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Peacock Almost Finished!

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Valerie has been very kind by allowing me to take this wheel where I felt it needed to go.  I used a bit more paint than planned but it was the best way to go.  The idea of using peacock tail feathers on the big wheels was a core premise, but sculpting them from wood or crafting them from stained glass would have produced heavy unrealistic feathers.  It amazes me how the real bird  can exhibit such a huge display of color and yet it is mostly  just air!  Valerie also requested abalone and I have used it in a number of places. You can see four discs on the big wheel. three on the orifice height knob, and barely visible from this angle is a row of abalone squares along the top of the handle behind the peacock.

Another thing different in this wheel is that Valerie asked if I could modify the wheel to use her own bobbins and flyers.  It took some engineering and has not been tested as yet, but I believe it will work just fine.

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Here is another angle and it shows off the treadle and more of the wood .  Each treadle, as well as both hubs, have a crystal inlaid into the wood.  If there is anything more elegant than a peacock is is faceted glass.  This has been such a wonderful project and I am thankful for the chance to make it.  And thanks again for looking!

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Peacock Struts His Stuff

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I seem to be on a bird thing lately, having just finished the lady cardinal on the nest.  Here is a new opportunity to really stretch and grow!  Valerie raises peafowl, among a lot of other critters, and has commissioned a peacock wheel.  Before I begin a new project, I do research on the net.  There is so much great reference material right at our fingertips these days!  I have been blown away by the beauty of peacocks.  Colors, textures, everything is just over the top.  And I eventually stumbled onto photos of these birds in flight.  That was the sprinkles on the frosting on the cake!  When they fly they show colors that I never knew they even had!  The wonderful copper feathers , while not depicted in the art so far, are echoed nicely in the natural wood tones of the sapelle and cherry.  Got lucky here as I had fabricated these wood parts before I knew about this second level of coloration.  The head and neck of my peacock can easily be lifted off for travel or storage.  The crest really makes the bird.  Even though it is a bit frisky for a spinning wheel, it was so much a part of the bird, it had to be made.  I used music wire and epoxy to craft this.  And the bird just came alive!peacock2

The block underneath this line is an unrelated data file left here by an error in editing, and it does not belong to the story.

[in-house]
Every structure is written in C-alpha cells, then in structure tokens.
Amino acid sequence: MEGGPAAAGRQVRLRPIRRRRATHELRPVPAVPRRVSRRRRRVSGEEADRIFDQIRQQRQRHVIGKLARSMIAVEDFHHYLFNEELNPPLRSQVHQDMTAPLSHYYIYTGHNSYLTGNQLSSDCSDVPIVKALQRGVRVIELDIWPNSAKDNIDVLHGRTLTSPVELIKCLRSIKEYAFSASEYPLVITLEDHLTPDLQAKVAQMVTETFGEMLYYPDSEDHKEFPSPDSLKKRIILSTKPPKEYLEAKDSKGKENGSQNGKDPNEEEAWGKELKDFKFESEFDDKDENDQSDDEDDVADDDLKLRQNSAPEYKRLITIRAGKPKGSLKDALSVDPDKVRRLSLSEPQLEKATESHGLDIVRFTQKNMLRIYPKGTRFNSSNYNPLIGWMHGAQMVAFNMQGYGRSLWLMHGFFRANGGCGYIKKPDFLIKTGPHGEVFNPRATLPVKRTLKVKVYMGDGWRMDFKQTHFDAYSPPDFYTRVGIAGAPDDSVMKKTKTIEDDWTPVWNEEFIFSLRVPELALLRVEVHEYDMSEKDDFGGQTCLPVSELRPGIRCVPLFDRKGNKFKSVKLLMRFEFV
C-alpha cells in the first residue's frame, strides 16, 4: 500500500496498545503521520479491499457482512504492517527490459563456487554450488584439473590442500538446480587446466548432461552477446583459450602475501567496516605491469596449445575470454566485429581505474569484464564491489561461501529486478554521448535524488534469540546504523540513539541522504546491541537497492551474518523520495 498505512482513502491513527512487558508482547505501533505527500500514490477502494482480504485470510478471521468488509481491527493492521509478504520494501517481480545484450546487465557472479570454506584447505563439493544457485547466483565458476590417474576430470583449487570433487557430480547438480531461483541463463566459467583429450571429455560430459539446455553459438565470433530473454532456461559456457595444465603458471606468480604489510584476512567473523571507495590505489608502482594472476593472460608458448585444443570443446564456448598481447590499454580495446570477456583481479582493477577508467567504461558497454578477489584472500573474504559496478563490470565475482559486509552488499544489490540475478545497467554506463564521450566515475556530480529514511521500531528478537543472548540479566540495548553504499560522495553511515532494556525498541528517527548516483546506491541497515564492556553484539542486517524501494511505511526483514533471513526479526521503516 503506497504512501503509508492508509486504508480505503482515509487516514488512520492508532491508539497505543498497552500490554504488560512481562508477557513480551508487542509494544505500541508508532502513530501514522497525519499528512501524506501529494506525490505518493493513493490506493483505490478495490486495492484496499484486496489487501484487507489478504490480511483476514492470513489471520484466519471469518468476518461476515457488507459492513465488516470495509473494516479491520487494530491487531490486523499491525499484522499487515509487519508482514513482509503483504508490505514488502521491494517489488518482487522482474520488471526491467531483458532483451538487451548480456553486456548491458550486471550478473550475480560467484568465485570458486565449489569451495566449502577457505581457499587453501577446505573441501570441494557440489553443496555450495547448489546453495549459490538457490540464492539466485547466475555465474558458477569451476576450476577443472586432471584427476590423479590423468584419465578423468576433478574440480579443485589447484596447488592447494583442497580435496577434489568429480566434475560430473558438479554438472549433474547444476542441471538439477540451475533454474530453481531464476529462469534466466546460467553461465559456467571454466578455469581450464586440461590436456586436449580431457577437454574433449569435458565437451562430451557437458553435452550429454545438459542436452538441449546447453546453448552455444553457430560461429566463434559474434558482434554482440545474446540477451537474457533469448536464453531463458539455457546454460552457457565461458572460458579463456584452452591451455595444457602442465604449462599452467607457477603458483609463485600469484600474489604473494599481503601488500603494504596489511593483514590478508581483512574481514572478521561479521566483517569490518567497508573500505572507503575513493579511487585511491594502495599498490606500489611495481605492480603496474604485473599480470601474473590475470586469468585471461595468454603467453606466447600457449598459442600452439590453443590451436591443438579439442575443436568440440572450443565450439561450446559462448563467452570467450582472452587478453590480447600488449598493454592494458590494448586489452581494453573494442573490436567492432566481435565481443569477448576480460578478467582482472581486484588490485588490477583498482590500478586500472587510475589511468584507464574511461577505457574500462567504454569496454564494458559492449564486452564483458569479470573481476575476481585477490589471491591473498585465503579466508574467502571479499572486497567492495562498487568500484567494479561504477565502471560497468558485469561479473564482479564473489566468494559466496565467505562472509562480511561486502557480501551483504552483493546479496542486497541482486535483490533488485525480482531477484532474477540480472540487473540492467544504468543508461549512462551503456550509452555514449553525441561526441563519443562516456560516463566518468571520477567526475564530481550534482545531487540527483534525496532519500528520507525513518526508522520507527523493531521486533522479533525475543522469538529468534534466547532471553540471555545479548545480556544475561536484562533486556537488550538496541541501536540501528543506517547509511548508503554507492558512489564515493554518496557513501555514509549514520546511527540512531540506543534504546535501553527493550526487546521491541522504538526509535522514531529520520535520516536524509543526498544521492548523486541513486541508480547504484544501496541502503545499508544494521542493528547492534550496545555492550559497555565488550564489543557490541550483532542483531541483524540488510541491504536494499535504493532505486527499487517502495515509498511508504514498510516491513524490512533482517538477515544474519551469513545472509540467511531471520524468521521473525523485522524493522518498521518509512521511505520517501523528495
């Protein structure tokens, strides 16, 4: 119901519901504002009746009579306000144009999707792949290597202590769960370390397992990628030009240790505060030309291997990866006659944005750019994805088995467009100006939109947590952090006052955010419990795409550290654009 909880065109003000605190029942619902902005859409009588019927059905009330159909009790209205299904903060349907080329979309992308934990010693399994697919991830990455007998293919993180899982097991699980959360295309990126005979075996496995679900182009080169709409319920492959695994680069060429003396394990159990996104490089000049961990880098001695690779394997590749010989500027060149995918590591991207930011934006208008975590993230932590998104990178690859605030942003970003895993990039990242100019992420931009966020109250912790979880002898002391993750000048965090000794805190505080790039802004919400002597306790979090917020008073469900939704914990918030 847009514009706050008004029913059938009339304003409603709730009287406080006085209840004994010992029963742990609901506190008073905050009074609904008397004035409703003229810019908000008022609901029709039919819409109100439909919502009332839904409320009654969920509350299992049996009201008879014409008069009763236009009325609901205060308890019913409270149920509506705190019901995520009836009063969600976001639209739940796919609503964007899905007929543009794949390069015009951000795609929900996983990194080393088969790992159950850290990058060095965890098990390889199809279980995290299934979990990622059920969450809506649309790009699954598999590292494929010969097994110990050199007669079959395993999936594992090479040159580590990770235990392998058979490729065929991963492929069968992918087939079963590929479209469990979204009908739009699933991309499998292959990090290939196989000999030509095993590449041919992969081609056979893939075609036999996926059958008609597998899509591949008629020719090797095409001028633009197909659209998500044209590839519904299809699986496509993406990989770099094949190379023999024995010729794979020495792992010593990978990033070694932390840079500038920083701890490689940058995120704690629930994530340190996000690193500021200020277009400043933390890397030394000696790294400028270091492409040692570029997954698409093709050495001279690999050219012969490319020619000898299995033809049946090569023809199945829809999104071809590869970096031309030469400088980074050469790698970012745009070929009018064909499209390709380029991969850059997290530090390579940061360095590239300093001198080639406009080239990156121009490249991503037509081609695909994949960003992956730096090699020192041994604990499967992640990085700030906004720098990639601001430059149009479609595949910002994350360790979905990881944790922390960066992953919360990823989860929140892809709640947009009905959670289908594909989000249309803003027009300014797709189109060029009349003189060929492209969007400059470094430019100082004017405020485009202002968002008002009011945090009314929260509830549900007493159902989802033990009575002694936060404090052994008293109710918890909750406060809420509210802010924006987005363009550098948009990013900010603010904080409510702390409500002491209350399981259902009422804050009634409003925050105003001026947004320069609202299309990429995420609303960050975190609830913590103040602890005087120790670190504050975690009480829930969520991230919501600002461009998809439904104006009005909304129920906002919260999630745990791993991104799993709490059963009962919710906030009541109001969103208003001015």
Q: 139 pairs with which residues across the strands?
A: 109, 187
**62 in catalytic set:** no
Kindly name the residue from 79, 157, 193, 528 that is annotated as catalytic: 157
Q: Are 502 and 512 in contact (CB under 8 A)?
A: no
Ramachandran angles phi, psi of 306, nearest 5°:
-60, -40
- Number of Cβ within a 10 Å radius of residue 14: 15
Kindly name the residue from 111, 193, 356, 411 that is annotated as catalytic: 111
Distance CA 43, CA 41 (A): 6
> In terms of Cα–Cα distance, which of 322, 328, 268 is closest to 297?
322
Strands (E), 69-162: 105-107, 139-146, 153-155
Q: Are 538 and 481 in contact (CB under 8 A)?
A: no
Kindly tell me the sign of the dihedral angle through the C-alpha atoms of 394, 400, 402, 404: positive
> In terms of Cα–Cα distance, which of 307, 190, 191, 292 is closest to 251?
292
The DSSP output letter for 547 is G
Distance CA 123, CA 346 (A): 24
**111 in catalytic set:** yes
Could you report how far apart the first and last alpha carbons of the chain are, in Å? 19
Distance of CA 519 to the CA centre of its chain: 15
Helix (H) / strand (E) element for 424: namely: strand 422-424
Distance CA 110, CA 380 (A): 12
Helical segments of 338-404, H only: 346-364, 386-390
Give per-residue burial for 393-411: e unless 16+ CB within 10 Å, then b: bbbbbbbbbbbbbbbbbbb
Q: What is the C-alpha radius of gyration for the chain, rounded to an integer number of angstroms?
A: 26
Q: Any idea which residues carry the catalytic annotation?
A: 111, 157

The peacock is such a flamboyant character and it almost seems like a dare from the bird to even try to fit all these wild elements within the constraints of a spinning wheel.  At the base of the bird’s gigantic fan of tail feathers is a equally beautiful array of smaller feathers.  I am working on using these as the idea behind this curved panel along the frame.  Still work to do and of course the colors will continue to be a work in progress.  The photo above shows little of the colors.  I am digging out all my magical powders to simulate peacock blue, gold, copper, green, and who knows what other ones remain to be discovered!  The big wheels will be made of steamed cherry and will in some way try to serve as a base for art using the tail feathers as a theme.  Valerie sent me a few of these for reference.  She had to actually bend/break them to fit them in the box.  Even the Post Office is hard pressed to contain this bird!   So, back to the shop for another round with this challenging subject .